Good Old-Fashioned 'Personal Testimony'

Another amazing way Cosmos employed religious means to convey their message about science was through the use of Neil deGrasse Tyson's personal story, which includes his relationship with Carl Sagan. At the end of the first episode of Cosmos, Tyson related the tear-jerking and heart-warming story of how he, a young kid from the Bronx (an under-resourced borough of New York City) with dreams of becoming an astronomer, met Carl Sagan and how powerful and lasting was the impact of that meeting. Tyson even produces artifacts from that encounter not at all unlike medieval monasteries that housed the bones of saints, or televangelists who sell prayer clothes for the healing of their TV viewership. The reverence Tyson showed for the mementos he preserved from Sagan's life was nothing short of religious. For him, the signed book by Sagan that Tyson keeps to this day is no less sacred than the Bible given to me by a Christian minister for Christmas following my conversion to Christianity as a teenager. In fact, Tyson goes on to state in no uncertain terms, Sagan's influence on his life was far from merely professional. No, Sagan showed him "what kind of person he wanted to be." Ethics and morals are decidedly not the realm of science for the Atheistic Materialist. For the Atheistic Materialist, Sagan was merely honoring some sort of social contract out of an evolutionary impulse to perpetuate the species. Tyson has groped around in the dark absence of a spiritual framework—out of a manufactured fear of "religion"—and has stumbled upon, and embraced, his own brand of religion: Saganism.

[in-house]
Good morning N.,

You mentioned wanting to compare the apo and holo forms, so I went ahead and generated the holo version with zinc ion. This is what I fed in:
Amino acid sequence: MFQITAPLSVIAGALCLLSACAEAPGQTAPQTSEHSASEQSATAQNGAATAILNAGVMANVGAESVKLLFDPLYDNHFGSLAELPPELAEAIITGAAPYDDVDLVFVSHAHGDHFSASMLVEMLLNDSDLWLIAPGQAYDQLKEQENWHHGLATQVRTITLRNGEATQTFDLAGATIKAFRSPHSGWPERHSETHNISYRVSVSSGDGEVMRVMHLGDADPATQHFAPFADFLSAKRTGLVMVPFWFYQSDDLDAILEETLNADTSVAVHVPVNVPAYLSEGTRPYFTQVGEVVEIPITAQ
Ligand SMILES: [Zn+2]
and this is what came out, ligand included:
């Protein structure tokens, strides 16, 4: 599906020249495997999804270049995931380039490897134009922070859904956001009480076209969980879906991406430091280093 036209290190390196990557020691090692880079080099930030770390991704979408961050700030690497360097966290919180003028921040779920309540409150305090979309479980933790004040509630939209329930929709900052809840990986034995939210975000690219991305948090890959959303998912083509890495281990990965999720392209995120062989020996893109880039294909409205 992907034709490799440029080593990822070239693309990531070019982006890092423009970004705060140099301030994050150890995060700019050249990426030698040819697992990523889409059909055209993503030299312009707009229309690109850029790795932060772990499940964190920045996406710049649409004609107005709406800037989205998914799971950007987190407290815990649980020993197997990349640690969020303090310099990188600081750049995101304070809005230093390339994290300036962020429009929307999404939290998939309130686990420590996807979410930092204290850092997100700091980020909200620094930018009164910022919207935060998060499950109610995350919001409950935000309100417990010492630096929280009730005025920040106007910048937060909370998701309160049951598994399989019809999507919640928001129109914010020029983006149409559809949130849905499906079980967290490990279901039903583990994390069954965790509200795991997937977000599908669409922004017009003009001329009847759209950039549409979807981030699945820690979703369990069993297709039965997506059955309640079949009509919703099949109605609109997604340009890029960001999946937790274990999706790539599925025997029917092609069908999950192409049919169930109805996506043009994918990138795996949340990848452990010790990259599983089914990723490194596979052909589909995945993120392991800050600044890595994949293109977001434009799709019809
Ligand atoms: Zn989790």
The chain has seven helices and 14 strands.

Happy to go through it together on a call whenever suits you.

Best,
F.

Perhaps the Cosmos series cannot be faulted for employing religious means to convey a message about which they feel passionately. For millennia, religious methodology like these have been effectively used to gain followers for a belief-system. But Cosmos cannot employ a religious approach to science and an unscientific approach to history without rendering itself grotesquely hypocritical. With the New Atheists, the series seeks to present science as the foundation of all that can be known, and the only proper methodology for discovering facts. All the while, however, the show itself employs religious themes, means, and messages to teach against religion. That is a contradiction that ironically demonstrates a lack of faith in science. The reality is faith and science are not enemies! As Hess points out, "Missing were the stories of Catholic astronomers such as Copernicus and Galileo, Protestants such as Brahe and Kepler and Newton, or Fr. George Lemaître, proposer of the Big Bang." [10] One of my personal heroes of theology is also a world-renowned physicist: John Polkinghorne. [11] He would certainly not say that science and faith are enemies, but would most certainly say they are complementary. Also, there is a whole host of noteworthy theologians and Christian church leaders who also affirm science and see no irreconcilable conflict between the two. One particularly clear space where these two worlds are both celebrated is in the BioLogos community. [12] I'd like to see Cosmos take a more scientific approach to the relationship between science and faith. If they did, they would discover that people of faith (religious people) have been vitally responsible for the development and advancement of science, and many modern scientists are people of faith. ____________________________________________ 1. [] 2. [] 3. Shout out to Joshua Tom for this phrase. I've gotten some good milage out of it. 4. This analogy is accredited to Ellen Hopkins in Identical. 5. Peter Hess, "A Burning Obsession: Cosmos and its Metaphysical Baggage" [] 6. Ibid. 7. "After a schism, a question: Can atheist churches last?" [] 8. "The New Atheists" [] 9. "Bruno was not condemned for his defense of the Copernican system of astronomy, nor for his doctrine of the plurality of inhabited worlds, but for his theological errors, among which were the following: that Christ was not God but merely an unusually skillful magician, that the Holy Ghost is the soul of the world, that the Devil will be saved, etc."[] 10. Hess, "A Burning Obsession" 11. "The Compatibility Between Science and Religion" [] 12. BioLogos []